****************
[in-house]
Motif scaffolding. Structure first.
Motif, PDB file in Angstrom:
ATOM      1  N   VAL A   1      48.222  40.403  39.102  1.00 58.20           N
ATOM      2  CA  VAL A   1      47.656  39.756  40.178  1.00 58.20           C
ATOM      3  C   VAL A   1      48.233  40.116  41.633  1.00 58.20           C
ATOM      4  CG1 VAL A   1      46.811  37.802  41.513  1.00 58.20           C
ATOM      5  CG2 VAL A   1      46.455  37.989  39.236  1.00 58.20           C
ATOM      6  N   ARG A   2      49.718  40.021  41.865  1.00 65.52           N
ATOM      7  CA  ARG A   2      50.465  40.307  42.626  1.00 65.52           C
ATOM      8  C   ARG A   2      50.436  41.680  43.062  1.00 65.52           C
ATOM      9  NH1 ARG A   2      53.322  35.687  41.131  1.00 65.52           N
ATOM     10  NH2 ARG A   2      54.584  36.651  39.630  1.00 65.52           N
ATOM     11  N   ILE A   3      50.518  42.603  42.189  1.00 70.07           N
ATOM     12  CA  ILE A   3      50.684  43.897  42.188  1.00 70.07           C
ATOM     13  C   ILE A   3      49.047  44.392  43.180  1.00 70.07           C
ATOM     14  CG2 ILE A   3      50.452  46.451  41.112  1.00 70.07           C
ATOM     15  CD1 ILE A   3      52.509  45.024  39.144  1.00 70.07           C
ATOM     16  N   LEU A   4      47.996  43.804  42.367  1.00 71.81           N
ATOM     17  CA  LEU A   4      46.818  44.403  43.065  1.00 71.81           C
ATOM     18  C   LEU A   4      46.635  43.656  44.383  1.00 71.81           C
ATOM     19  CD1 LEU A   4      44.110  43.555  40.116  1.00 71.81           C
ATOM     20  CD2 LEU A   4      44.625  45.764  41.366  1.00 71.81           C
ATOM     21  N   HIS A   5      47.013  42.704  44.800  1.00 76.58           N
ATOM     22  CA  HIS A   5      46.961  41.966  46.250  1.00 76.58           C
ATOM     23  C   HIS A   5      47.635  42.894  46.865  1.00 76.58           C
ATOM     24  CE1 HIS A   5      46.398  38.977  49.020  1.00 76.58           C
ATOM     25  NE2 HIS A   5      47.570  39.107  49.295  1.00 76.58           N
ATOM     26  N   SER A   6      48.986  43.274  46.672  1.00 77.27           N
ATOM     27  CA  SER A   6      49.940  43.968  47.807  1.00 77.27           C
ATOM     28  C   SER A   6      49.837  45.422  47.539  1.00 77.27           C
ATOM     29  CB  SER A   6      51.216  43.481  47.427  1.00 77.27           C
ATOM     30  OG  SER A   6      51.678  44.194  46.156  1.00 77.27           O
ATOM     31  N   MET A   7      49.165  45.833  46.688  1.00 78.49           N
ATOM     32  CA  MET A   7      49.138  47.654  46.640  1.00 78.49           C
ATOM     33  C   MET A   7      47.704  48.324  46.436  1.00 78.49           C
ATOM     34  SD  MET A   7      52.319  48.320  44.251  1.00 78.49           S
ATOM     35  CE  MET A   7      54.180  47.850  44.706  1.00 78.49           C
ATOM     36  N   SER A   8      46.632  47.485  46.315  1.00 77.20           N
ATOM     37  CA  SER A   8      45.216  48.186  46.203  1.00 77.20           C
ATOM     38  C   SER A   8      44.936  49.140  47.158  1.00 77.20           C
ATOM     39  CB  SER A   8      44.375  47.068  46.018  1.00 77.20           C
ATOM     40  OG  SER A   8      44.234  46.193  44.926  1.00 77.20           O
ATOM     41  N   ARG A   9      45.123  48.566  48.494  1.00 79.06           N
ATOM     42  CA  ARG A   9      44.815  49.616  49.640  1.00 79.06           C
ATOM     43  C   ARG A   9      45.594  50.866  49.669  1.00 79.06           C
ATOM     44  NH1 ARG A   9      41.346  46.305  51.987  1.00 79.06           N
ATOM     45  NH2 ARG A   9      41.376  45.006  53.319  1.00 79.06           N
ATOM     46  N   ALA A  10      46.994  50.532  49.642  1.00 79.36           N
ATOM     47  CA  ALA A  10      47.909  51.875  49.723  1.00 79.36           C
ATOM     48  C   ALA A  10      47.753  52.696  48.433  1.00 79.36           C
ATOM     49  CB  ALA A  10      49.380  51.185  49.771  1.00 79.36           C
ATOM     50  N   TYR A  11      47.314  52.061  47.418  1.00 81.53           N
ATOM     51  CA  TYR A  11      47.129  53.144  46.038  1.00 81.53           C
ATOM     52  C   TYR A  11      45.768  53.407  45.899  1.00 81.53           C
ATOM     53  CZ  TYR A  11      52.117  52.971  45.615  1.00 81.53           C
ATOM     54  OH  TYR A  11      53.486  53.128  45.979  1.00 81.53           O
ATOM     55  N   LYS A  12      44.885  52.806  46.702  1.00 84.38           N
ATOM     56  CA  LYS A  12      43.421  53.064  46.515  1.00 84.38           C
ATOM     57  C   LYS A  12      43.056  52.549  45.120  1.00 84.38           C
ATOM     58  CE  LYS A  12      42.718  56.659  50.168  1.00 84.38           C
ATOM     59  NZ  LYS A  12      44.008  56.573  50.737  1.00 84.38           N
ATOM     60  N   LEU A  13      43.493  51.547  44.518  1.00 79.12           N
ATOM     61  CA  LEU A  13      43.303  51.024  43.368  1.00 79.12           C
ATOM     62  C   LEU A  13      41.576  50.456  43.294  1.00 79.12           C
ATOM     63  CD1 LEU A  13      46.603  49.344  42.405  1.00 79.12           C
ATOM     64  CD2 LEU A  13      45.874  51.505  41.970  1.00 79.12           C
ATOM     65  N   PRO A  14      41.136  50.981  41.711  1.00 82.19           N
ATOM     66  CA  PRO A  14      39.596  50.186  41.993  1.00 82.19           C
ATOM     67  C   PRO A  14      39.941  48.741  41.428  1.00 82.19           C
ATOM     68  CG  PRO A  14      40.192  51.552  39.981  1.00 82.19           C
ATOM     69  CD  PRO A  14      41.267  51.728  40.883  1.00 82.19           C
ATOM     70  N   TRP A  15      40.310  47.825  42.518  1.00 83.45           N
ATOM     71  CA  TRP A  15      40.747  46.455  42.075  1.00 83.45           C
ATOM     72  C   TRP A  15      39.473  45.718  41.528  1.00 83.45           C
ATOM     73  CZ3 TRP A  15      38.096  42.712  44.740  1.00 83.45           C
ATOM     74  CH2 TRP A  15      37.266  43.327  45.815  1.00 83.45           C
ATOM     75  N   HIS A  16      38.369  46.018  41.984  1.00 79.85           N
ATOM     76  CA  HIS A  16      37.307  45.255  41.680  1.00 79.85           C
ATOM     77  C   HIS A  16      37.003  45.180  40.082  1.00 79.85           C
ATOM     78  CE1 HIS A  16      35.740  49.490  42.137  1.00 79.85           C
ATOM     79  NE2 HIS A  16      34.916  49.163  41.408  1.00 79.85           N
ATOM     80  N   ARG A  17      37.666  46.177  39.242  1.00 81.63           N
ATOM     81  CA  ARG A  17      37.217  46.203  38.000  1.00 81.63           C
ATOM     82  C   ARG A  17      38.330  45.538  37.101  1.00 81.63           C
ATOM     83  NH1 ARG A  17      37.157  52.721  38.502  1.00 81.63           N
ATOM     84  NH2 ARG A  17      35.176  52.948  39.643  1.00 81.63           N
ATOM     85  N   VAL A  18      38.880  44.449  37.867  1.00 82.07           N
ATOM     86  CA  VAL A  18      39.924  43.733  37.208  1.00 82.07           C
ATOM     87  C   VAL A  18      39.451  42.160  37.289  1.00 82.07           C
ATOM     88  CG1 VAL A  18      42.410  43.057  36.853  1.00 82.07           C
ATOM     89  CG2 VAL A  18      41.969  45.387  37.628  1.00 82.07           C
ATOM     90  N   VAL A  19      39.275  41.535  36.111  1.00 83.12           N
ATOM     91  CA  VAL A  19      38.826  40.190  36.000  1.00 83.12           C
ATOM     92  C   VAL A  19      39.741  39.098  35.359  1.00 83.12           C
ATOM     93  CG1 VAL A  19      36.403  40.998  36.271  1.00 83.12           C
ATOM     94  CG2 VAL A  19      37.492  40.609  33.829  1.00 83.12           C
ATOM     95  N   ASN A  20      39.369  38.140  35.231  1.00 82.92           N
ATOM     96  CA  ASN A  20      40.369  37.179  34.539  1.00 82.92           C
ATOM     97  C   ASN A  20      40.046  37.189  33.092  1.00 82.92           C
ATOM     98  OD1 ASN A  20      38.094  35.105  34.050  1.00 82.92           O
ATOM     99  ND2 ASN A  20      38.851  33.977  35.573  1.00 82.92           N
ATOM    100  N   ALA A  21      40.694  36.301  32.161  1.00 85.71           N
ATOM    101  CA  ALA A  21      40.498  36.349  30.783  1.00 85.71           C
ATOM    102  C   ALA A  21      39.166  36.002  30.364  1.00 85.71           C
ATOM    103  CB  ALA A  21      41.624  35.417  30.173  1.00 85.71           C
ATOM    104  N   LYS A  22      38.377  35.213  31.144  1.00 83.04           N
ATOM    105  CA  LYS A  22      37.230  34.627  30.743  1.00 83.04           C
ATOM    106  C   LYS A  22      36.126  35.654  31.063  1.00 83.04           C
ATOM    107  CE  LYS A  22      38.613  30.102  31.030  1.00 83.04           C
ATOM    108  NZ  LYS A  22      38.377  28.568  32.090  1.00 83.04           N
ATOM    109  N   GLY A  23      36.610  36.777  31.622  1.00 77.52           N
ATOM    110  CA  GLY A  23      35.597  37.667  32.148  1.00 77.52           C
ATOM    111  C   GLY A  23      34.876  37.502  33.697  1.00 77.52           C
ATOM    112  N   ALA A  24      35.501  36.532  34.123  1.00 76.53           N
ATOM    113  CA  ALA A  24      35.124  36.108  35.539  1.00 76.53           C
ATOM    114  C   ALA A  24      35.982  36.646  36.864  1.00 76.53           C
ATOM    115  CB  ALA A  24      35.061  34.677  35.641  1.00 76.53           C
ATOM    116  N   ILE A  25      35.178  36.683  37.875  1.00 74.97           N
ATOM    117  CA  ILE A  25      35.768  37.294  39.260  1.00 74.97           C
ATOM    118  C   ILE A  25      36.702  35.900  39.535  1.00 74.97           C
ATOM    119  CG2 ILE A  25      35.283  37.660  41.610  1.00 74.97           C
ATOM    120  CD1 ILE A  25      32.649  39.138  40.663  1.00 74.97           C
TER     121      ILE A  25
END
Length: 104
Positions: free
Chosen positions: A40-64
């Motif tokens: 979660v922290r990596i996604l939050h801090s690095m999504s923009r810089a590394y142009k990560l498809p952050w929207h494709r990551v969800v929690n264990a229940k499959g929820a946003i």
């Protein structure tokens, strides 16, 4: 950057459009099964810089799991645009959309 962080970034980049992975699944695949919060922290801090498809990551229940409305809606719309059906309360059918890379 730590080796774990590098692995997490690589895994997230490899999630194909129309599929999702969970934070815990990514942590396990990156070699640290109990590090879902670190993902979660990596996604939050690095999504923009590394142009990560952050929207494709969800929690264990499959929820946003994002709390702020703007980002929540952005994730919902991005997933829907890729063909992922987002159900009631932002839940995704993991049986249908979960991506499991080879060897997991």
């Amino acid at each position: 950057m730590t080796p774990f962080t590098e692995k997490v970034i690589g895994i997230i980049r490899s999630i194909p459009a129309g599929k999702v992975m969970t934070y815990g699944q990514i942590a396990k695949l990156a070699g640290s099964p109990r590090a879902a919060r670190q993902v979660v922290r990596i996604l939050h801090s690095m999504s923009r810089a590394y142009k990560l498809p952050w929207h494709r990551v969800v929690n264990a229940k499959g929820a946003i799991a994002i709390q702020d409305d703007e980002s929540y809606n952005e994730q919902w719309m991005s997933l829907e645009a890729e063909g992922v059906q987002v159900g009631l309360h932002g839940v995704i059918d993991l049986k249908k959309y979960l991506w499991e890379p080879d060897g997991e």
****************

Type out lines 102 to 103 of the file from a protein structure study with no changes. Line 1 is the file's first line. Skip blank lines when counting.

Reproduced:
ATOM     99  ND2 ASN A  20      38.851  33.977  35.573  1.00 82.92           N
ATOM    100  N   ALA A  21      40.694  36.301  32.161  1.00 85.71           N